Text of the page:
Nigerian Journal of Otorhinolaryngology

Latest Articles: Vol. 16, Issue 1 [Online First]

Otology

Published : April, 2019

OTITIS MEDIA WITH EFFUSION AND HEARING LOSS IN CHILDREN WITH OROFACIAL CLEFTS.

Olije T, Fasunla AJ, Onakoya PA, 1Ademola SA, Adeosun AA. I

Department of Otorhinolaryngology, University College Hospital, Ibadan Abuja

CORRESPONDENCE: Dr AJ Fasunla: Email:ayofasunla@yahoo.com


Abstract:

Summary

Background: Little or no attention is given to hearing health of children with orofacial cleft.This study was carried out to determine the prevalence of otitis media with effusion (OME) and evaluate hearing thresholds of children with orofacial cleft in Nigeria.

Methodology: Eighty-three consecutive children with orofacial cleft comprising, 12 (14.5%) cleft lip alone, 32 (38.5%) cleft lip and palate and 39 (47.0%) cleft palate alone, and 83 healthy controls participated in the study. Structured questionnaire was used to collect socio-demographic and relevant medical information. Participants had ear, nose and throat examinations, visual reinforcement or condition play audiometry and tympanometry tests done. Statistical analysis was done with appropriate statistical tools, level of significance was set at p<0.05.

Results: Mean age of cases was 22.83 ± 2.71 months and controls was 23.34 ± 2.54 months. Hearing loss was found in 28 (16.9%) ears of cases and 14 (8.5%) ears of controls (p=0.021). There was a significant difference between mean hearing thresholds of cleft palate ± lip and control (p<0.05). OME was present in 80 (48.2%) ears of cases and 17 (10.2%) ears of the controls (p=0.001). There was a statistically significant association between cleft palate ± lip and OME (p=0.0001, OR = 4.520 [2.353-8.681]).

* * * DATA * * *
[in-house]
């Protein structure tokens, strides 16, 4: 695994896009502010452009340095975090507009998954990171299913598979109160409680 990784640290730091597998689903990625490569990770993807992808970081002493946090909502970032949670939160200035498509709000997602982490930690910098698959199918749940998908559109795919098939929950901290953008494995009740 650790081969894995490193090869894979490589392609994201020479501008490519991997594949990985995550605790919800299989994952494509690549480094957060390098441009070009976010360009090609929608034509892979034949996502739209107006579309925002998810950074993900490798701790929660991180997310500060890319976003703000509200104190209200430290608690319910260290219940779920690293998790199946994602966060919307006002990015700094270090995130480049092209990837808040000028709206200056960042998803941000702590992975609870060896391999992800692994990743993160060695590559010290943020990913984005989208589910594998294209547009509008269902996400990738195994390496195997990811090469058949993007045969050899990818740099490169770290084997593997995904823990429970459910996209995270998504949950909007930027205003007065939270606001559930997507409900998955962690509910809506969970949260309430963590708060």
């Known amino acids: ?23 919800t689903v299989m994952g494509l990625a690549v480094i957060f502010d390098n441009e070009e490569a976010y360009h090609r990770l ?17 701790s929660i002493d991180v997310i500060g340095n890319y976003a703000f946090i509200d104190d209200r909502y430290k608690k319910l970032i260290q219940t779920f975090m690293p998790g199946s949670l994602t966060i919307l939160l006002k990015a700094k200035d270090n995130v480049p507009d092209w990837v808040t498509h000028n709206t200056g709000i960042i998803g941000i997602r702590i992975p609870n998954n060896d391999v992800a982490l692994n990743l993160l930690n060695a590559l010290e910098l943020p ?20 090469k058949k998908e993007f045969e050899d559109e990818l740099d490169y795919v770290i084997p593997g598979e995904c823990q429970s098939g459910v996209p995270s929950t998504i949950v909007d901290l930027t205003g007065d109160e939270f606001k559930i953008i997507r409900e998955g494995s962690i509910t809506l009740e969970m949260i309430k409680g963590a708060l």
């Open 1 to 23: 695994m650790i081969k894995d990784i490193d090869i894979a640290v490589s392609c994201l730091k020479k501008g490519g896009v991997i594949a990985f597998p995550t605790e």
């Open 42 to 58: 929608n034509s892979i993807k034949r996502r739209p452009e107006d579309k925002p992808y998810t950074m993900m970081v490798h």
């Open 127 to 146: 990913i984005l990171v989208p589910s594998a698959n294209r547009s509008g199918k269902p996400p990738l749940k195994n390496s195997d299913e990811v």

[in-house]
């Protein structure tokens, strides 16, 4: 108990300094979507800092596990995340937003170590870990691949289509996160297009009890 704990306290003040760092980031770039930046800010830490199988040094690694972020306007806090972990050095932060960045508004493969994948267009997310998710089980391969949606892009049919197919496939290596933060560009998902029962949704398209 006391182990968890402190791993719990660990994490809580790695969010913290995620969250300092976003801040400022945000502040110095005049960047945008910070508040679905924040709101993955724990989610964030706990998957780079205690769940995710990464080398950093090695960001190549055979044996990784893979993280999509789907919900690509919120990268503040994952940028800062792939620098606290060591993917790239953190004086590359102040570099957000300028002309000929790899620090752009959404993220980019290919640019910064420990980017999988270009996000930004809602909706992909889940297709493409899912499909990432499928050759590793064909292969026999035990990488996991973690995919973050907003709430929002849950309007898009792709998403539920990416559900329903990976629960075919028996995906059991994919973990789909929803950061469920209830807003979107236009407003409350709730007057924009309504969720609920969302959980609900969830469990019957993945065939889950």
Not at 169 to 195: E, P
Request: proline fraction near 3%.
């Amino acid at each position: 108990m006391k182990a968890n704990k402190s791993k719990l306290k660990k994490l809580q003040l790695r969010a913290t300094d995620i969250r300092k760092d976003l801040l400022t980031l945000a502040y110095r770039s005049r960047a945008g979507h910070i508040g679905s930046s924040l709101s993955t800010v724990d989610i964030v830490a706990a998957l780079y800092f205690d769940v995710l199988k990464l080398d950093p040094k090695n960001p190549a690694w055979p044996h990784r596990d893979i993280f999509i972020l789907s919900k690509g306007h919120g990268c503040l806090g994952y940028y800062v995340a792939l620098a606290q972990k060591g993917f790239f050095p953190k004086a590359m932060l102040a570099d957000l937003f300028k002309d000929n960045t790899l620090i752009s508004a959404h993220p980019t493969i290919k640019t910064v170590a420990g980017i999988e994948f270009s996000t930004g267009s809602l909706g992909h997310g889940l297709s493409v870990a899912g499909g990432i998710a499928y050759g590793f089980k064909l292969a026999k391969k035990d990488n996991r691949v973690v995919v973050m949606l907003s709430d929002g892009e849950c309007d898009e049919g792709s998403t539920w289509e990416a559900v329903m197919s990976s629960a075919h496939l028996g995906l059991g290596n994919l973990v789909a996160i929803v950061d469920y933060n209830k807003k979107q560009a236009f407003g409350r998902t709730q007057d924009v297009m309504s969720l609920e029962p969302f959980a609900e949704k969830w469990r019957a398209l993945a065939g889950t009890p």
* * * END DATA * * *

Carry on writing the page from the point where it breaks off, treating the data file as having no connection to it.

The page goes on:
Conclusion: Otitis media with effusion and hearing loss were more prevalent among children with orofacial cleft palate than non-cleft children. Hence, routine early hearing and middle ear evaluations are recommended for inclusion in their management plan. Keywords: Children; Conductive hearing loss; Orofacial clefts; Otitis media with effusion


Head & Neck

Published : April, 2019

CLINICO-RADIOLOGICAL FEATURES AND MEDICAL MANAGEMENT OF A PAROTID HAEMANGIOMA IN AN INFANT

*OkolugboNekwu Emmanuel, **Ikubor Joyce Ekeme.

Department of Surgery, DELSUTH, Oghara

CORRESPONDENCE: Dr NE Okolugbo: Email:nekouokolugbo@yahoo.com, Tel: +2348038011767.


Abstract:

Parotid haemangiomas are best diagnosed from clinical presentation, however imaging plays a critical role in confirming the diagnosis. We present a classic case of Parotid Haemangioma with its radiological features which was subsequently managed medically with oral propanolol with good clinical response and successful outcome, nil side effects of management was noted.

Keywords: Parotid haemangioma, radiological imaging, clinical presentation, Propanolol.


General ENT

Published : April, 2019

AUDIT OF OTORHINOLARYNGOLOGICAL PRACTICE IN SOME PRIVATE FACILITIES SOUTH-SOUTH, NIGERIA

Akpalaba IO*, Ogisi FO**

Hope Hospital, 42 Costain Road, Benin City, Edo State* Department of Ear, Nose and Throat, University of Benin Teaching Hospital, (UBTH), Benin.

CORRESPONDENCE: Dr Akpalaba IO, Hope Hospital, 42, Costain Road, Benin City, Edo State: Email:drogeakpalaba@gmail.com